Mexican Free-tailed Bats can fly up to the speed of 47 mph (75 kmph). Any flying swarm of bats, usually contains a huge number of the animal.
Mexican Free-tailed Bats weigh 0.02-0.03 lb (11.3-14.1 g). Although they look like they weigh more, this is just because of their tail.
The male and female of this species have no specific name, but you may use the scientific name for a Mexican Free-tailed bat (Tadarida brasiliensis).
The other subspecies of this bat also include: Tadarida brasiliensis antillularum, Tadarida brasiliensis bahamensis, Tadarida brasiliensis constanzae and Tadarida brasiliensis cynocephali.
A young Mexican Free-tailed Bat (Tadarida brasiliensis) is known as a pup and they are relatively small. The pup can be identified by comparing its size to other bats in the colonies. The young ones can have an average lifespan of 18 years
These cave-dwelling bats are primarily insectivores, this means they consume tons of insects. From young ones to old, the Mexican Free-tailed Bat can consume a giant amount of insects in one day. The number can be as high as 250 tons of insects being consumed on a daily basis, per bat. This can result in free pest control, as the insect population is kept in check. Even though they live in big colonies in their cave, the bats themselves are prone to attack from larger species like owls.
Even though they might not be considered aggressive, it is advised not to confront Mexican Free-tailed Bats in their roosts. There have been past reports where the species showed significant aggressive behavior due to a virus affecting the roosts. The species has shown an aggressive reproductive stance during mating season when the male powers over the female.
Mexican Free-tailed Bats are wild animals that prefer to dwell in caves, and form big roosts. Removing any creature from its natural state is not advised. Even though the cave creatures might make fine pets, there is always a chance of the bat contracting diseases like rabies which means it is not suitable or advised to keep these animals as pets.
Kidadl Advisory: All pets should only be bought from a reputable source. It is recommended that as a potential pet owner you carry out your own research prior to deciding on your pet of choice. Being a pet owner is very rewarding but it also involves commitment, time and money. Ensure that your pet choice complies with the legislation in your state and/or country. You must never take animals from the wild or disturb their habitat. Please check that the pet you are considering buying is not an endangered species, or listed on the CITES list, and has not been taken from the wild for the pet trade.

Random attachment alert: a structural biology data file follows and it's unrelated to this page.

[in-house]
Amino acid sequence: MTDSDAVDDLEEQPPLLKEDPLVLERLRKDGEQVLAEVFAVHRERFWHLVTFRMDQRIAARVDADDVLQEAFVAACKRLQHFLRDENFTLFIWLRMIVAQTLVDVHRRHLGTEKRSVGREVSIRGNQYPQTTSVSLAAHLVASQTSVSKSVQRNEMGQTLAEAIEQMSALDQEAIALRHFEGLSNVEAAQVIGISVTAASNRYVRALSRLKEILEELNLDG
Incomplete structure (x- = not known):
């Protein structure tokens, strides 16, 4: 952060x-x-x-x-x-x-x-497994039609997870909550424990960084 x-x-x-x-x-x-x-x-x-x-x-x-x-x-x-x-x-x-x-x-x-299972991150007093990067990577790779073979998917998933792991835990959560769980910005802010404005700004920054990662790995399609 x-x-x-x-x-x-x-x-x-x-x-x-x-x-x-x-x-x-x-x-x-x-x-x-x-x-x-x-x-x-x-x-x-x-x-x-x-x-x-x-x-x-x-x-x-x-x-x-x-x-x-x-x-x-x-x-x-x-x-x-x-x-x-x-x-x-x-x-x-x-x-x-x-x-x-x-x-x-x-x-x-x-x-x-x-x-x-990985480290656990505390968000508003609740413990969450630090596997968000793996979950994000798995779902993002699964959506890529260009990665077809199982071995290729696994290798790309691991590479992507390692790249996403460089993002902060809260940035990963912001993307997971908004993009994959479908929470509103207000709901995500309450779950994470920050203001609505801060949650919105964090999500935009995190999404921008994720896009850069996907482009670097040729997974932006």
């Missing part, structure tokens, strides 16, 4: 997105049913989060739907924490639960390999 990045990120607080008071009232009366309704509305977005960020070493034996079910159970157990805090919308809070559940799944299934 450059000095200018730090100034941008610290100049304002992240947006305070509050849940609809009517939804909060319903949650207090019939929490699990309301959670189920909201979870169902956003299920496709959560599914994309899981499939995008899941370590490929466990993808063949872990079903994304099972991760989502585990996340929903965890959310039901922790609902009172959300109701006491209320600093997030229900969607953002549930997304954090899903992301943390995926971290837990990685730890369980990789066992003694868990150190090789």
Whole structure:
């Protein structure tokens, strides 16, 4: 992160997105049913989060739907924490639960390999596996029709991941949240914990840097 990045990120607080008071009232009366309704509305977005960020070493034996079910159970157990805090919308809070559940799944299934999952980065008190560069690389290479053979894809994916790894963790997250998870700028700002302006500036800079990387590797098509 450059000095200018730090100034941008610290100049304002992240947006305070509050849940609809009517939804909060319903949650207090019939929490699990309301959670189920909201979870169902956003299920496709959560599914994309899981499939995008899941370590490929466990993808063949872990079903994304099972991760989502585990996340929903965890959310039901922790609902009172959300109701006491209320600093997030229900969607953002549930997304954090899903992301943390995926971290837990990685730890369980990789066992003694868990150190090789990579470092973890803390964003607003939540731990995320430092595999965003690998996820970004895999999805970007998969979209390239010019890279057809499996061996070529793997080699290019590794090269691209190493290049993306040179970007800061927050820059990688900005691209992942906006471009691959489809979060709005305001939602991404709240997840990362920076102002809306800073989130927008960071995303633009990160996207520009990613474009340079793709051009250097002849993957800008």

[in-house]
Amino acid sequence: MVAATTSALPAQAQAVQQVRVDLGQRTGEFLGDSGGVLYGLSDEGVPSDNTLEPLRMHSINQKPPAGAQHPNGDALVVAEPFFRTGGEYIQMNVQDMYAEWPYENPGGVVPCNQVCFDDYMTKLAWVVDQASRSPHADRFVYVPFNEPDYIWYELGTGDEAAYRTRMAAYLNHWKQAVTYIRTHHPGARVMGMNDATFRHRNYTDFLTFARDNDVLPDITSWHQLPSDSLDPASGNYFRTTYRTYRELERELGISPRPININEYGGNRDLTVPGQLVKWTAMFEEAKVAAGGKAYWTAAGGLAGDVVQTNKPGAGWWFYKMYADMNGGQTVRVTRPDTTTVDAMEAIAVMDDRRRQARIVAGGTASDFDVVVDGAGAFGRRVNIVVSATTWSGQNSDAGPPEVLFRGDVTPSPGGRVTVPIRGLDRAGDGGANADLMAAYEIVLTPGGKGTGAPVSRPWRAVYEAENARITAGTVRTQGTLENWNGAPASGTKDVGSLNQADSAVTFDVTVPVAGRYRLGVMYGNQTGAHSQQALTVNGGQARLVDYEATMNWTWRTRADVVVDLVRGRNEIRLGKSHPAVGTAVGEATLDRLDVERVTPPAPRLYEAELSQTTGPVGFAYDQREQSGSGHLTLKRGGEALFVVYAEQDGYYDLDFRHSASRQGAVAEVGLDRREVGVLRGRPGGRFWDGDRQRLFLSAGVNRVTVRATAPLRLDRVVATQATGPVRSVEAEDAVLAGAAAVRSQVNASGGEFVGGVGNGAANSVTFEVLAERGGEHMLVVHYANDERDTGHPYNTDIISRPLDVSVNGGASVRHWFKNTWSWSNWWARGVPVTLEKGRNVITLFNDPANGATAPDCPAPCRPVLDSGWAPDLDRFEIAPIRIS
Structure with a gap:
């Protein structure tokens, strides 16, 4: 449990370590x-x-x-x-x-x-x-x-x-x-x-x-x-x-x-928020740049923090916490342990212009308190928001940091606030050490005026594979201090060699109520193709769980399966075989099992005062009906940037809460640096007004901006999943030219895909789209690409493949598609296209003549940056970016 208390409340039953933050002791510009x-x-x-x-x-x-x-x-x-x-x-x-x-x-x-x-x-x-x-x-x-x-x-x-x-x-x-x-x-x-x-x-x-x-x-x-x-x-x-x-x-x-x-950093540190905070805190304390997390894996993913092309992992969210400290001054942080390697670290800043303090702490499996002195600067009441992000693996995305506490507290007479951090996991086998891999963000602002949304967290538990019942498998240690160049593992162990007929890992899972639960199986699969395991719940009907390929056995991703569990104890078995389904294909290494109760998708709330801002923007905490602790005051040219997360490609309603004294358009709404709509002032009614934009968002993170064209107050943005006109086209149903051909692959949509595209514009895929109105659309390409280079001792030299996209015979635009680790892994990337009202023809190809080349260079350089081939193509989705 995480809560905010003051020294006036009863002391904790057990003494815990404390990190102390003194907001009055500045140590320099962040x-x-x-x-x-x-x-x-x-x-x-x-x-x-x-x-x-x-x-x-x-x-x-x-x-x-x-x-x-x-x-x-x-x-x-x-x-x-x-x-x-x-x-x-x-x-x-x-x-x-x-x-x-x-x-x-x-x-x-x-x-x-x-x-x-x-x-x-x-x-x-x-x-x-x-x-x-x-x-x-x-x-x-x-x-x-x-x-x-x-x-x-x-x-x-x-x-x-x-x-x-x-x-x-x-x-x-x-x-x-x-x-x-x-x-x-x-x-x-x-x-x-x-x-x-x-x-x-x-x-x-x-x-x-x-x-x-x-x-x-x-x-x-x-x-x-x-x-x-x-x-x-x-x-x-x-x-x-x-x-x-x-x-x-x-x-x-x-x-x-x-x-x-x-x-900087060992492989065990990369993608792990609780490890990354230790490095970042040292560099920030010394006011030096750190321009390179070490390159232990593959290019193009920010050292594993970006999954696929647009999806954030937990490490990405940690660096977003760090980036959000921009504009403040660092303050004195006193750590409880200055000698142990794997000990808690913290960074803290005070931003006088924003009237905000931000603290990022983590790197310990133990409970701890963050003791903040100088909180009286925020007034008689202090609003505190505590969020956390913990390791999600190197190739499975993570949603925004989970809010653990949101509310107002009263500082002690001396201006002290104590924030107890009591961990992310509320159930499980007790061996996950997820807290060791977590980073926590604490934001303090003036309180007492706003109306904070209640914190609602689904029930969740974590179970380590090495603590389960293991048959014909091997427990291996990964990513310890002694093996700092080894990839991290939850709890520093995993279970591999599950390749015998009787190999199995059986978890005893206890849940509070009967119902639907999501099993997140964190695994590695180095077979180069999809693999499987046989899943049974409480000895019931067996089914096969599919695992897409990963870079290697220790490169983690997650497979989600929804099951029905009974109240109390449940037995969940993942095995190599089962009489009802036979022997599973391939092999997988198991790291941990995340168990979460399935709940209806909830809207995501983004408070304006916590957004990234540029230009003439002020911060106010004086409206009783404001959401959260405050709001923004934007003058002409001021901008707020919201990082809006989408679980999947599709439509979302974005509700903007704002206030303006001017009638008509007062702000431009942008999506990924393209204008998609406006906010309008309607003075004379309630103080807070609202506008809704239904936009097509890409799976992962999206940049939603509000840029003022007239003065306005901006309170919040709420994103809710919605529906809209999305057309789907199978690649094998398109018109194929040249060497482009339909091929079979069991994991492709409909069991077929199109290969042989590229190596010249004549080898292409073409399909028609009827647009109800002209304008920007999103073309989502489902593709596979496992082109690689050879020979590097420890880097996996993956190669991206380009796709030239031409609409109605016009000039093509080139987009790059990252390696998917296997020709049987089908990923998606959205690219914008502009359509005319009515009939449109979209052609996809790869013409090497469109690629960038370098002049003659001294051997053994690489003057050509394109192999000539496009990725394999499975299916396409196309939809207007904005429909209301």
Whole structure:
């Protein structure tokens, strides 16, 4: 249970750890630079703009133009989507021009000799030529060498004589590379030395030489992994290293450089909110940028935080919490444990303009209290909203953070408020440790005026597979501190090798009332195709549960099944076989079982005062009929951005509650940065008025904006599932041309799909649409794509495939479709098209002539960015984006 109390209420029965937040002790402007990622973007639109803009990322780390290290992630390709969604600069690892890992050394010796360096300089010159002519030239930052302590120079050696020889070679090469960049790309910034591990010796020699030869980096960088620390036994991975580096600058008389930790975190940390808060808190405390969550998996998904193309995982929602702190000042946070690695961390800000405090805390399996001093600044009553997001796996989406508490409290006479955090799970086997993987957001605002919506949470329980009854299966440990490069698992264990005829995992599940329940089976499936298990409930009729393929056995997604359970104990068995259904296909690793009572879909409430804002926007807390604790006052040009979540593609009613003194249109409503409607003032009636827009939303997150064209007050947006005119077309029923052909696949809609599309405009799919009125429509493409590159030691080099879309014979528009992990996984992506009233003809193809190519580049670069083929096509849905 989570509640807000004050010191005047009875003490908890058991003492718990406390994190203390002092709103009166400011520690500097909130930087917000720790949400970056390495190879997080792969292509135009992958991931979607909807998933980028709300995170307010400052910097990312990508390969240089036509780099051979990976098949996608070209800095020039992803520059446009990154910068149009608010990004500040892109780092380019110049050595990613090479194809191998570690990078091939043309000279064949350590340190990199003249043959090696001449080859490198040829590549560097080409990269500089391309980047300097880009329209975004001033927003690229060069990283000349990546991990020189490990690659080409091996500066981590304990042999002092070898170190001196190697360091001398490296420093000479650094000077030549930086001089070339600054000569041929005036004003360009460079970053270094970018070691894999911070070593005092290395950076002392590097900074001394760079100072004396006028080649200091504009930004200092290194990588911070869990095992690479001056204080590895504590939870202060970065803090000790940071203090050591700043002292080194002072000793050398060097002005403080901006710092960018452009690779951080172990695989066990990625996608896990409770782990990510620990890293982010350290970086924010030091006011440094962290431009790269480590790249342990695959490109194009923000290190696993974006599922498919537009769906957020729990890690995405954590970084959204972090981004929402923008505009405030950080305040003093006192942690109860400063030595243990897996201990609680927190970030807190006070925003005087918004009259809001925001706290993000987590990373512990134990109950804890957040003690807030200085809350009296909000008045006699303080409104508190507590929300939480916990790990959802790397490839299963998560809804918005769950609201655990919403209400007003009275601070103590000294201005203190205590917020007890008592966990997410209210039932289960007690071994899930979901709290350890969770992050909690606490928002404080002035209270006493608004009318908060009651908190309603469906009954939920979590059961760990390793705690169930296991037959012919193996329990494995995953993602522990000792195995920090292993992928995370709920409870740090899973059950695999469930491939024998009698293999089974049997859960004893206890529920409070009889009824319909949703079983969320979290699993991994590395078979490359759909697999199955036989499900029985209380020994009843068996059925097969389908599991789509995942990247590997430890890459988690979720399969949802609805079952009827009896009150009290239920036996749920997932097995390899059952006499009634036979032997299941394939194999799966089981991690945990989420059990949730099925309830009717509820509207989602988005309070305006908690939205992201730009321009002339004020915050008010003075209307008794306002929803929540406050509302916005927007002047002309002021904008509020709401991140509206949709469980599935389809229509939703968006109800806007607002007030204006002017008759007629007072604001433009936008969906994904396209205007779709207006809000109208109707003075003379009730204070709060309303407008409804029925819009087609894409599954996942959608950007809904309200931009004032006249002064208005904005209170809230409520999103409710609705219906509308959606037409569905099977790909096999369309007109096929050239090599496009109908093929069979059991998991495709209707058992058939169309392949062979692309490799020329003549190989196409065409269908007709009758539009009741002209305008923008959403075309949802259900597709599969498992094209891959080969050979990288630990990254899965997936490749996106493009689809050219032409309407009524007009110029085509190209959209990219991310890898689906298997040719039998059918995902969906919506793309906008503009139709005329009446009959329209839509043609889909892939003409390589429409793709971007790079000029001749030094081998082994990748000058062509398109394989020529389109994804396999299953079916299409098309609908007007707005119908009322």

A mother bat finds her baby in a crowded roost by its sounds and scent. If the pup falls while hanging, the mother won't try to help. It is said that 20 million bats live in the Bracken Cave in San Antonio, Texas. Their tails are half as long as their body. Mexican Free-tailed Bats are the official flying mammal of the state of Texas.
A typical Mexican Free-tailed Bat diet will involve tons of insects. A colony of bats can eat up to 250 tonnes (250,000 kg) of insects (especially moths) in one night. 250 tonnes (250,000 kg) is around the weight of two blue whales.
Texas and Mexico are the major places where these Mexico Free-tail bats are found. Mexican Free-tailed Bat migration is a sight to behold as millions of bats fly in groups. The speed of a Mexican Free-tailed Bat can be a great advantage for the colonies to migrate faster. They set flight just before winter takes over. Specifically, you can spot these bats flying south to live in caves in South America (usually Mexico). Their flight pattern has these bats coming back north in the starting months of the year. People in Central America (Texas state) have spotted Mexican Free-tailed Bats flying around in February. A colony of flying bats is a marvel to observe indeed.
Here at Kidadl, we have carefully created lots of interesting family-friendly animal facts for everyone to discover! Learn more about some other mammals including italian wolves, or asian palm civets.
You can even occupy yourself at home by drawing one of our Mexican dancer coloring pages.